Harvard Square landmark newsstand to close. I often browsed there, never bought anything. Apparently, a lot of people were like me.
The closing inspired this list.
Defunct Harvard Square businesses worthy of mourning:
- Out of Town News.
- Elsie’s. A long-time sandwich institution. They made a hell of a roast beef sandwich, heavy on the Russian dressing. Replaced by a dire “wrap” restaurant my freshman year, 1990, when “wrap” was the new “sandwich.”
- Nick’s Beef and Beer House. Usually known as “Nick’s Eef and E Ho” thanks to the management’s disinclination to replace missing letters on the marquee. The greasy cheeseburgers here were about as good as the ones at the much closer Charlie’s Kitchen (which is to say, very good) but much, much cheaper.
- Wordsworth. Always thought of as second fiddle to Harvard Book Store, but I probably bought more books here overall. HaBoSto put stuff on the front table that was going to be in New York Review of Books; Wordsworth was more likely to promote whatever first novel the guys at the desk liked. Their spin-off children’s bookstore, Curious George, is magnificent and still doing a vigorous business at the heart of the Square.
- Campo de’ Fiori. First-rate Roman-style square pizza in the heavily travelled corridor through Holyoke Center. There was usually a line. That these guys somehow went under is the surest sign I’ve seen that the fundamentals of our economy are unsound.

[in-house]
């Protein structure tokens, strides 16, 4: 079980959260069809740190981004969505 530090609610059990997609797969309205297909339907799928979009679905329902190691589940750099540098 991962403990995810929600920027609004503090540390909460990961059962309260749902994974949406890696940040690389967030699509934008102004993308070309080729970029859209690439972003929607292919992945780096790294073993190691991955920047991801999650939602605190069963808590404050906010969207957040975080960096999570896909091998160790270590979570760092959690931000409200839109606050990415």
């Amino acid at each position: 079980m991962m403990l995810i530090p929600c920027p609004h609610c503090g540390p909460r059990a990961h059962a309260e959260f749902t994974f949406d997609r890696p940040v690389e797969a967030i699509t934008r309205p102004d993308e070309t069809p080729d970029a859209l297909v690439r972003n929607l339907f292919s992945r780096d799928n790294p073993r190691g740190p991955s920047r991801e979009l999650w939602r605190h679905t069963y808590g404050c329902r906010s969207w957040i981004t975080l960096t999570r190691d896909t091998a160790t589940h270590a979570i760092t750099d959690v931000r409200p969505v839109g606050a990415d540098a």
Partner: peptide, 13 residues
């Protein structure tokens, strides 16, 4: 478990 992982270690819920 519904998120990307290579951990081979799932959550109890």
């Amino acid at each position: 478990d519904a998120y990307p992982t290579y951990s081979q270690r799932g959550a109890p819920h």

- C’est Bon. Lebanese convenience store that made a wonderful dolmades sandwich — my take-out meal of choice whenever I was rushing to catch the T.
Defunct Harvard Square businesses not worthy of mourning:
- The Tasty. Foul all-night diner with no redeeming qualities. I once saw someone pour a bottle of ketchup on semi-notable ice skater Nicole Bobek here.
- Cafe Avventura. Upstairs in the Garage; named for the intestinal adventure enjoyed by all who patronized it. Also known as “Three-plate pizza” (for the number of plates one greasy slice could soak through in the time it took to eat the other) and “Bad pizza” (no explanation necessary.)
- The Crimson Sports Grille. Noxious.
- The Wursthaus and The Skewers. Controversial picks! I liked both places, and I think they’re generally warmly remembered. But when I de-gauze my memories, I seem to recall that the Wursthaus was satisfyingly caloric but dark and cheerless, and that the Skewers was a mediocre Middle Eastern sandwich shop that didn’t measure up to C’est Bon.
Current business that would truly be terrible to lose:
- It’s actually a short list. Mr. Bartley’s, obviously, still serving the best hamburgers in the United States after almost 50 years. The Brattle Theatre. Maybe Schoenhof’s. Maybe the Million Year Picnic.
Feel free to add to the lists in comments — there’s no wikipedia page for “closed Harvard square businesses” so I’m sure I’ve missed a lot.